HL Deb 14 March 1961 vol 229 cc757-9

2.35 p.m.


My Lords, I beg leave to ask the Question which stands in my name on the Order Paper.

[The Question was as follows:

To ask Her Majesty's Government what are the factors which govern the release of prisoners serving a "life" sentence; and on whose advice and authority is it that remissions are earned and releases effected.]


My Lords, my right honourable friends the Home Secretary and the Secretary of State for Scotland have powers, under Section 27 of the Prison Act, 1952, and Section 21 of the Prisons (Scotland) Act, 1952, to release on licence at any time a prisoner sentenced to life imprisonment. Any person so released may be recalled to prison at any time.

In considering how long it is necessary to detain a prisoner serving a sentence of life imprisonment, my right honourable friends take into account all the circumstances of the offence, the age and character of the offender and his development in detention, and the need to protect the public from any prisoner who might be a danger if released. The actual period of detention varies widely, according to the circumstances of the case, from a year, Or even less, if there are strong compassionate grounds for early release, to twenty years or more in exceptional cases.


My Lords, may I thank my noble friend for his reply, and may I be allowed to take the oppor- tunity of offering to him my warm felicitations on the interesting event recorded in yesterday's newspapers.



My Lords, may I ask the noble Earl this question? Observing that in many cases the actual period of imprisonment appears to bear no relation whatever to the sentence passed of "life" imprisonment—in other words, that the term "life imprisonment" no longer means what it says—is it not time that this misnomer was discontinued, and some such term as "detained during Her Majesty's pleasure," substituted.


My Lords, I do not know whether the first part of my noble friend's supplementary is strictly in order. But I suppose that it is not often that one can stand at the Despatch Box and welcome such a supplementary. I thank my noble friend for his kind expression, as well as the expression of your Lordships. The suggestion that my noble friend has made runs along the lines of part of a recommendation of the Royal Commission on Capital Punishment. It is open to objection, however, because "detained during Her Majesty's pleasure" is a term applicable to certain classes of Broadmoor patients, and persons who are under the age of eighteen who have been convicted of murder—the sort of cases I mentioned in an answer to a Question the other day. So it would be confusing to extend this term into a different field as my noble friend would like.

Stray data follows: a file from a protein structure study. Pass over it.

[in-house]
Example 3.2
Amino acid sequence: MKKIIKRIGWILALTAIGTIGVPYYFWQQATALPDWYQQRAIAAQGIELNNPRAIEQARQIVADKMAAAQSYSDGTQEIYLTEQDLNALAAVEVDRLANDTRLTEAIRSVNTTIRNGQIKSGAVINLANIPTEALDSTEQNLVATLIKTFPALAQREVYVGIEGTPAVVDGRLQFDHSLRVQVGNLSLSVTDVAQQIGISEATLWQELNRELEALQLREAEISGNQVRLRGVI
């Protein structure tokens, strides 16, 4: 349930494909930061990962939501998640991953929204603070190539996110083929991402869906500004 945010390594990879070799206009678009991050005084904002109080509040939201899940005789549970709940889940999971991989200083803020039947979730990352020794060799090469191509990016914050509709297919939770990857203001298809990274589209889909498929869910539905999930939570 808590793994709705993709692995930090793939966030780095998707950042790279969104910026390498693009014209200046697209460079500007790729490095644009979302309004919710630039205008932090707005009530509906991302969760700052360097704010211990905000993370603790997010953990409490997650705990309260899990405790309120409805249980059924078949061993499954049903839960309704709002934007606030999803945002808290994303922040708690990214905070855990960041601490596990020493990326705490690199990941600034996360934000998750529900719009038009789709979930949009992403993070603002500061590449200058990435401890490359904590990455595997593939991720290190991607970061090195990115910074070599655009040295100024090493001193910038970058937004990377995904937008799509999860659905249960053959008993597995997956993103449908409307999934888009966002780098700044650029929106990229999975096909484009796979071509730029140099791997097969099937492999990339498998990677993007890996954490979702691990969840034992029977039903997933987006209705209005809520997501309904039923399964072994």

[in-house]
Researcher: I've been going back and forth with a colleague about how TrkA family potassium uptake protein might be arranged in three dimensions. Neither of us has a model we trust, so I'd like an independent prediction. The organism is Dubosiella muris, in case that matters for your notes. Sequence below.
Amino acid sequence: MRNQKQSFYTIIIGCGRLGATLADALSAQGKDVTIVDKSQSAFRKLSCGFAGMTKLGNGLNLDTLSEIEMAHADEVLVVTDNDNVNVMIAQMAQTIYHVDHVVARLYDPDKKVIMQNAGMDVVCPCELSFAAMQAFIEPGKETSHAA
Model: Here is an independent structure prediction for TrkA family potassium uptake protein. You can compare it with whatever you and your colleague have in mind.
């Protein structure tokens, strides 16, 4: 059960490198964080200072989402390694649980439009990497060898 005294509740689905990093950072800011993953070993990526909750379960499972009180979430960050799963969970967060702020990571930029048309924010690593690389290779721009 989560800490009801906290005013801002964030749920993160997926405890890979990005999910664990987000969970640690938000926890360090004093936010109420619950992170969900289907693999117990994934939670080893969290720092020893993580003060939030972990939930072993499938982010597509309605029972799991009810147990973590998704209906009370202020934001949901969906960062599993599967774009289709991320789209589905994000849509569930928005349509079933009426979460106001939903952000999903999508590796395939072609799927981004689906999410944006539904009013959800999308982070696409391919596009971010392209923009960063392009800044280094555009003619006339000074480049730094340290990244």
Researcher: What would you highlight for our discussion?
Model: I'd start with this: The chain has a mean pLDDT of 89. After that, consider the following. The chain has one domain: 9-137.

There is the further point, my Lords, that as the scope of capital punishment has been greatly reduced by the Homicide Act it is desirable to retain such deterrent effect as the teen "imprisonment for life" has in its wording. The term "imprisonment for life" really does mean, as I indicated in my first Answer to the noble Lord, that a prisoner may be detained for life.


My Lords, can the noble Earl explain why the extended use of this term would be confusing? It is already applied to persons of unsound mind and to persons who are under the age of eighteen. It seems to me to have already a considerable range of interpretation. Would it be unreasonable to apply a similar expression, "detained during Her Majesty's pleasure", to adults over the age of eighteen?


My Lords, the difficulty—and I am sure the noble Lady will appreciate it—is that if we extend the term, we should have to extend it to all cases, and I do not think that would be in line with what my right honourable friend would consider appropriate.


My Lords, would the noble Earl consider this point in respect of the supplementary question asked by my noble friend? Under the present system it is easily possible for a man to be liable to two life sentences, and that is rather an absurdity in one human life.


My Lords, I note the point my noble friend bas raised, and I am sure my right honourable friend appreciates it. Nevertheless, there is this threat that the sentence might be "life imprisonment", which might mean imprisonment for the rest of his life.


My Lords, would the noble Earl agree that although the use of the term for all cases of life imprisonment might not be in keeping with what his right honourable friend thinks, it is clearly in keeping with what his right honourable friend does?


My Lords, I note the point that the noble Lady makes.


My Lords, may I ask whether there have been any cases during, say, this century of actual life imprisonment?


I cannot say how many there have been, but I do know that there have been prisoners who have died in prison of a natural cause.

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